What struck me first about the Ukrainian woman was how much she was dwarfed by a vast desert of hand cast cement that covered the featureless promenade.
I had a really difficult time painting this piece. It was a foolhardy venture starting out a large piece like this one using only a lightly tested technique. It meant eventually combining both old and new processes just to finish it. Worse yet was the worry about alienating an audience or addressing the model in such a way that she would appear to be a side show curiosity. It’s my sincerest hope that this piece does neither since it is really about what was behind the woman’s actions.
What struck me first about the Ukrainian woman was how much she was dwarfed by a vast desert of hand cast cement that covered the featureless promenade. In reality, the artificial shoreline was broken only by Victorian inspired lamp posts and industrial structures that would normally aid in disembarking the cruise ships. But I removed those since the width of my canvas would not convey how barren the environment was without these modifications.
The lady herself seemed to be encumbered by fashion past, having no hope of anything resembling maternity clothes.
The lady herself seemed to be encumbered by fashion past, having no hope of anything resembling maternity clothes. What she wore was in mode even if it was only minimally accommodating. She also held a designer purse and boutique shopping bag in one hand and a cigarette, held American style, in other. To be fair, she might have been holding the cigarette for her boyfriend or husband while he visited a bar or storefront that didn’t interest her, but more likely she paused when she saw someone so as not to be seen smoking.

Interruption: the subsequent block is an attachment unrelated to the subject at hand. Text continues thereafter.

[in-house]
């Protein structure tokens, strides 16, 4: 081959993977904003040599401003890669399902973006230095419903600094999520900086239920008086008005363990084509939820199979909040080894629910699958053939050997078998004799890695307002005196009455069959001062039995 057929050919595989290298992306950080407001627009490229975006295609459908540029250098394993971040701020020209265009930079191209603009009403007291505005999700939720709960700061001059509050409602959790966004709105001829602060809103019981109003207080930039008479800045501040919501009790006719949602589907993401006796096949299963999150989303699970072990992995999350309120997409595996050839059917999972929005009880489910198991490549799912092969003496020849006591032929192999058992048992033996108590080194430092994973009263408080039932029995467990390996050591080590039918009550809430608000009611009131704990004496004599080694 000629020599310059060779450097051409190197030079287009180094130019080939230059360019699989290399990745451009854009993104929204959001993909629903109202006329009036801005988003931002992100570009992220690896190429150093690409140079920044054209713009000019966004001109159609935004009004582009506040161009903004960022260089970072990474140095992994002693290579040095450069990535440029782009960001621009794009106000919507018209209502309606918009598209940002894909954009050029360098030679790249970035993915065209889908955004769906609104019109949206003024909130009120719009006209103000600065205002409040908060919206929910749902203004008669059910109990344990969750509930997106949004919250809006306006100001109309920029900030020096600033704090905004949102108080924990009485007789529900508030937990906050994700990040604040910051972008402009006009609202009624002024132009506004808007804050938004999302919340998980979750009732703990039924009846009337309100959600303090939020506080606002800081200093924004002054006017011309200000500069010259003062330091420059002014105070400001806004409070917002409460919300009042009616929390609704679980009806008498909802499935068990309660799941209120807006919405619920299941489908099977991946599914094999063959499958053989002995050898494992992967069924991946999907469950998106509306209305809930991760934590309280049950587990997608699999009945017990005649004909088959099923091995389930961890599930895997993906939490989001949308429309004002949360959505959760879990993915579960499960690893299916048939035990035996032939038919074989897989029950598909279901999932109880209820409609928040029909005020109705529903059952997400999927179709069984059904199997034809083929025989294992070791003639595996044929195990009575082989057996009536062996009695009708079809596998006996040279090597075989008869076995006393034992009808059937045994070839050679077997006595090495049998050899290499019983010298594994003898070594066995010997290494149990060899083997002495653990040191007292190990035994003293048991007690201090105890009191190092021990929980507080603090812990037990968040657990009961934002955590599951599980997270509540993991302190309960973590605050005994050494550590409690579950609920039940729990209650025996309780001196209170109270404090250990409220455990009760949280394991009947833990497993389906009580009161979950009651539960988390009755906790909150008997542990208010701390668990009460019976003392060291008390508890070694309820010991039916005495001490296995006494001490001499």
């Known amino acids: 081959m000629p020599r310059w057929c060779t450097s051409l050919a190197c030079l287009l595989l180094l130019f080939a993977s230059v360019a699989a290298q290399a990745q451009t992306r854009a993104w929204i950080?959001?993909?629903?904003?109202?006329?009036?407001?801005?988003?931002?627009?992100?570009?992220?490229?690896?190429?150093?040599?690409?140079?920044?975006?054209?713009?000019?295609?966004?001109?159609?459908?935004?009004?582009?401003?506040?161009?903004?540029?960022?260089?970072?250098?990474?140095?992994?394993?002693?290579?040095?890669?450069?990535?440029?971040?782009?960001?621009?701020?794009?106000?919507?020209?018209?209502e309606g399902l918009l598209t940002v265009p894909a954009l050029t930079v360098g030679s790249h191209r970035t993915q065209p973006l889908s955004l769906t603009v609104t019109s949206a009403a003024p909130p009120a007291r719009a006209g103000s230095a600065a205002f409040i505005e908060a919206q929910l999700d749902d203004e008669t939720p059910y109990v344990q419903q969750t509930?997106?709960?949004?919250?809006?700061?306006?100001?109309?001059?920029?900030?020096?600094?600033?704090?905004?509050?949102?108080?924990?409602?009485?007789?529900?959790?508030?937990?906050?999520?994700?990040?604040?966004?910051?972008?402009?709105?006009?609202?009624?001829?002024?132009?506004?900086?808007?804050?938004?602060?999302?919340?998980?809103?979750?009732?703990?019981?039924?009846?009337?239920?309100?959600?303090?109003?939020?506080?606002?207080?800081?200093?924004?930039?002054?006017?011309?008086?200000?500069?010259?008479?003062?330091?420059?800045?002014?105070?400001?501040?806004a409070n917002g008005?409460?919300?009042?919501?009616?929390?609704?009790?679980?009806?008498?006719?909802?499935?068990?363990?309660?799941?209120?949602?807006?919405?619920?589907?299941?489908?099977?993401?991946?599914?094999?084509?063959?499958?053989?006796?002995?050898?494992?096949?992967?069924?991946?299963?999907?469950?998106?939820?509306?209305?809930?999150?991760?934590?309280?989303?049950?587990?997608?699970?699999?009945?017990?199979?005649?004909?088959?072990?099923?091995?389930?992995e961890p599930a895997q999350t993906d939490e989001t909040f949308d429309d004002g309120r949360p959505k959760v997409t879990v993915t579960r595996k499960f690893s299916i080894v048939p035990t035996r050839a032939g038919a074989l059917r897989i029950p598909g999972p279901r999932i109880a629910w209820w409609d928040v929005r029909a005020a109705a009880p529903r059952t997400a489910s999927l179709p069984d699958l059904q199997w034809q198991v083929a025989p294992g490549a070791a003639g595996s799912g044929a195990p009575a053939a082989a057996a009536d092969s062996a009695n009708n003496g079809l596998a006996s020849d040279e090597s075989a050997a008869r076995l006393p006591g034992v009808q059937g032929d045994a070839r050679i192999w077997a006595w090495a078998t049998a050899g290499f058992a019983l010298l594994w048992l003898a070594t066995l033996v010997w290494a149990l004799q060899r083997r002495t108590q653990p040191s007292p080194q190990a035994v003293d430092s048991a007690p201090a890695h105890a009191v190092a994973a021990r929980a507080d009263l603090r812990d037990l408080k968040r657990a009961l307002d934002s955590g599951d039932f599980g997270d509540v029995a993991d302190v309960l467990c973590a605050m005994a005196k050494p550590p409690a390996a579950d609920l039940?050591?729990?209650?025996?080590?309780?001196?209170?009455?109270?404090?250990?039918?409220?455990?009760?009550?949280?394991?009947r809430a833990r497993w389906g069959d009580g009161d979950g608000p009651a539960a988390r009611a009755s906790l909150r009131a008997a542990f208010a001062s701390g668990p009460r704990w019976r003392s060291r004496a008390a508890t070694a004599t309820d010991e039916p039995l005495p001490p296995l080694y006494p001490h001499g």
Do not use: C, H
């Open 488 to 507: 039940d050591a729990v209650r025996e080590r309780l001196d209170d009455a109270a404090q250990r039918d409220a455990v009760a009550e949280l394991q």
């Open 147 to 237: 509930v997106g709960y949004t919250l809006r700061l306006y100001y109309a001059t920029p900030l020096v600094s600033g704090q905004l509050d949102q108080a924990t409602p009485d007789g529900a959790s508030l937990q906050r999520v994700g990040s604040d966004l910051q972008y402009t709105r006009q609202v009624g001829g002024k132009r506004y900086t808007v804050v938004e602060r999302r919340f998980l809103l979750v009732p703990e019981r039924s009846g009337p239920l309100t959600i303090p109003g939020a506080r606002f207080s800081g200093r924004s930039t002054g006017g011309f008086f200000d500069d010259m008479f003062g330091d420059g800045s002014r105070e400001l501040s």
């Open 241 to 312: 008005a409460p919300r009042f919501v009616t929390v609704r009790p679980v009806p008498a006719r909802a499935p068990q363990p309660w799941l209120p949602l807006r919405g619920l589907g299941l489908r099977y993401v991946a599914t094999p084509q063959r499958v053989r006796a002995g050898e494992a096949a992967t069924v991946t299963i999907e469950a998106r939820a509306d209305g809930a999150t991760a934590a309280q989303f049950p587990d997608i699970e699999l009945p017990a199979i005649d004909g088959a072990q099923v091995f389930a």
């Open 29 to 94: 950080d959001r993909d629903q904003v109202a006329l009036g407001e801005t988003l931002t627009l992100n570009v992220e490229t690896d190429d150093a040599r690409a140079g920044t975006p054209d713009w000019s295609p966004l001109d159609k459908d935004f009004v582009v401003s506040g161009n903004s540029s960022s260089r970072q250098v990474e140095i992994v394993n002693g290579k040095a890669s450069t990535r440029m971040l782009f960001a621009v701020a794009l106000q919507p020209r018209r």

At the time, I couldn’t help but wonder if this woman deemed everything so hopeless that no future exists for anyone, even her unborn child.
The actual explanation was probably simpler, though. In 2007, Ukraine was still broadcasting how drinking and smoking could harm an unborn child, much like the March of Dimes had in the United States in the ’70s. Her mother might have smoked when she was pregnant with her, so she might think that the advertisements were exaggerations at best. She would certainly have a healthy distrust of a government that in a prior incarnation left individuals to suffer from Chernobyl rather than immediately admit to the disaster.